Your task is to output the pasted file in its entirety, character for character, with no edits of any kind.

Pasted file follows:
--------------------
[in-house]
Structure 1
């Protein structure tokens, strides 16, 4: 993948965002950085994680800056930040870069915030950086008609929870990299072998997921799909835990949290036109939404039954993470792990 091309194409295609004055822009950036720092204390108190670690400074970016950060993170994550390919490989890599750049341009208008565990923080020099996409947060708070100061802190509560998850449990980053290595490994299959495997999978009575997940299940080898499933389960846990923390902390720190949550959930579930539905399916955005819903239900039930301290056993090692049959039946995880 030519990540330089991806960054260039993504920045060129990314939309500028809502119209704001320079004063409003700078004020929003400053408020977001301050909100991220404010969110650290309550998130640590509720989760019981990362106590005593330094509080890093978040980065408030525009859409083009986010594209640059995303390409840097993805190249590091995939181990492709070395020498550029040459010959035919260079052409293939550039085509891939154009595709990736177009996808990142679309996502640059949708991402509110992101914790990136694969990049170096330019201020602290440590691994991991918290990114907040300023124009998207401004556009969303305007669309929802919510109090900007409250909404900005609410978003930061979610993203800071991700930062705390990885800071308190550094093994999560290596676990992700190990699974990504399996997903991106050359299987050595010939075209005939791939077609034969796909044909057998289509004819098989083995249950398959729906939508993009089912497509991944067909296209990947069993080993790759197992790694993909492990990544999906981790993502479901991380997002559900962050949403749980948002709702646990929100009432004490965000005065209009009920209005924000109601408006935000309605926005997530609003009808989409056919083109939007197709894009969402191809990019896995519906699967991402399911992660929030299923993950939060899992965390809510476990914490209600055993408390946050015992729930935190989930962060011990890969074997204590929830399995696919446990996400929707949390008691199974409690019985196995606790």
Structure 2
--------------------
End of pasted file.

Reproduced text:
[in-house]
Structure 1
């Protein structure tokens, strides 16, 4: 993948965002950085994680800056930040870069915030950086008609929870990299072998997921799909835990949290036109939404039954993470792990 091309194409295609004055822009950036720092204390108190670690400074970016950060993170994550390919490989890599750049341009208008565990923080020099996409947060708070100061802190509560998850449990980053290595490994299959495997999978009575997940299940080898499933389960846990923390902390720190949550959930579930539905399916955005819903239900039930301290056993090692049959039946995880 030519990540330089991806960054260039993504920045060129990314939309500028809502119209704001320079004063409003700078004020929003400053408020977001301050909100991220404010969110650290309550998130640590509720989760019981990362106590005593330094509080890093978040980065408030525009859409083009986010594209640059995303390409840097993805190249590091995939181990492709070395020498550029040459010959035919260079052409293939550039085509891939154009595709990736177009996808990142679309996502640059949708991402509110992101914790990136694969990049170096330019201020602290440590691994991991918290990114907040300023124009998207401004556009969303305007669309929802919510109090900007409250909404900005609410978003930061979610993203800071991700930062705390990885800071308190550094093994999560290596676990992700190990699974990504399996997903991106050359299987050595010939075209005939791939077609034969796909044909057998289509004819098989083995249950398959729906939508993009089912497509991944067909296209990947069993080993790759197992790694993909492990990544999906981790993502479901991380997002559900962050949403749980948002709702646990929100009432004490965000005065209009009920209005924000109601408006935000309605926005997530609003009808989409056919083109939007197709894009969402191809990019896995519906699967991402399911992660929030299923993950939060899992965390809510476990914490209600055993408390946050015992729930935190989930962060011990890969074997204590929830399995696919446990996400929707949390008691199974409690019985196995606790």
Structure 2